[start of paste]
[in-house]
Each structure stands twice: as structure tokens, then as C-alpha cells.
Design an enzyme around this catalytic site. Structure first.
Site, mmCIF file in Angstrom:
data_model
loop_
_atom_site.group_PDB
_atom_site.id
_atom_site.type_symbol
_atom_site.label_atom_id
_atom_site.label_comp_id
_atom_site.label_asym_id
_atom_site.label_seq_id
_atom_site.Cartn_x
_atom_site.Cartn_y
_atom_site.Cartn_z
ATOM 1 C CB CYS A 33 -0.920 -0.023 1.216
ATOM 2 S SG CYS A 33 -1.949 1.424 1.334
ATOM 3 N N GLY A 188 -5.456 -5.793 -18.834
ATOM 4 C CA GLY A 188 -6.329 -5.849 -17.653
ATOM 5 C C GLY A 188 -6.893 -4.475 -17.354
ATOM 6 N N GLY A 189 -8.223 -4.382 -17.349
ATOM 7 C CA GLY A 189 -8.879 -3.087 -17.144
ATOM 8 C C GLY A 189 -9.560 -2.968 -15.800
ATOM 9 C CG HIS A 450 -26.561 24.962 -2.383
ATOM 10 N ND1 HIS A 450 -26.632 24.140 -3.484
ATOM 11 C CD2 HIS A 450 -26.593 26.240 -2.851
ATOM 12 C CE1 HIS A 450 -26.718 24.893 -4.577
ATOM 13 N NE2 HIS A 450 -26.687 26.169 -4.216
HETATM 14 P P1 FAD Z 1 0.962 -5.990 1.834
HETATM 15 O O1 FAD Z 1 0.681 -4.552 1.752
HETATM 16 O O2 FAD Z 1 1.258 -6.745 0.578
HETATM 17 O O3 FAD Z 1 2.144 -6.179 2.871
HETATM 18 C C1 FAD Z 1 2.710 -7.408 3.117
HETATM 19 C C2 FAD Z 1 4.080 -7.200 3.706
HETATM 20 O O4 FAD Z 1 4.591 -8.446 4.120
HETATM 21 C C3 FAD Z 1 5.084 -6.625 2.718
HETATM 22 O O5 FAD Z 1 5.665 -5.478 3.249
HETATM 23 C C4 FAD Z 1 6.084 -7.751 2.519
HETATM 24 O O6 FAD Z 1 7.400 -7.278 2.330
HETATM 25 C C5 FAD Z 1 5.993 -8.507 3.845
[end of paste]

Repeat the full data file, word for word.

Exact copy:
[in-house]
Each structure stands twice: as structure tokens, then as C-alpha cells.
Design an enzyme around this catalytic site. Structure first.
Site, mmCIF file in Angstrom:
data_model
loop_
_atom_site.group_PDB
_atom_site.id
_atom_site.type_symbol
_atom_site.label_atom_id
_atom_site.label_comp_id
_atom_site.label_asym_id
_atom_site.label_seq_id
_atom_site.Cartn_x
_atom_site.Cartn_y
_atom_site.Cartn_z
ATOM 1 C CB CYS A 33 -0.920 -0.023 1.216
ATOM 2 S SG CYS A 33 -1.949 1.424 1.334
ATOM 3 N N GLY A 188 -5.456 -5.793 -18.834
ATOM 4 C CA GLY A 188 -6.329 -5.849 -17.653
ATOM 5 C C GLY A 188 -6.893 -4.475 -17.354
ATOM 6 N N GLY A 189 -8.223 -4.382 -17.349
ATOM 7 C CA GLY A 189 -8.879 -3.087 -17.144
ATOM 8 C C GLY A 189 -9.560 -2.968 -15.800
ATOM 9 C CG HIS A 450 -26.561 24.962 -2.383
ATOM 10 N ND1 HIS A 450 -26.632 24.140 -3.484
ATOM 11 C CD2 HIS A 450 -26.593 26.240 -2.851
ATOM 12 C CE1 HIS A 450 -26.718 24.893 -4.577
ATOM 13 N NE2 HIS A 450 -26.687 26.169 -4.216
HETATM 14 P P1 FAD Z 1 0.962 -5.990 1.834
HETATM 15 O O1 FAD Z 1 0.681 -4.552 1.752
HETATM 16 O O2 FAD Z 1 1.258 -6.745 0.578
HETATM 17 O O3 FAD Z 1 2.144 -6.179 2.871
HETATM 18 C C1 FAD Z 1 2.710 -7.408 3.117
HETATM 19 C C2 FAD Z 1 4.080 -7.200 3.706
HETATM 20 O O4 FAD Z 1 4.591 -8.446 4.120
HETATM 21 C C3 FAD Z 1 5.084 -6.625 2.718
HETATM 22 O O5 FAD Z 1 5.665 -5.478 3.249
HETATM 23 C C4 FAD Z 1 6.084 -7.751 2.519
HETATM 24 O O6 FAD Z 1 7.400 -7.278 2.330
HETATM 25 C C5 FAD Z 1 5.993 -8.507 3.845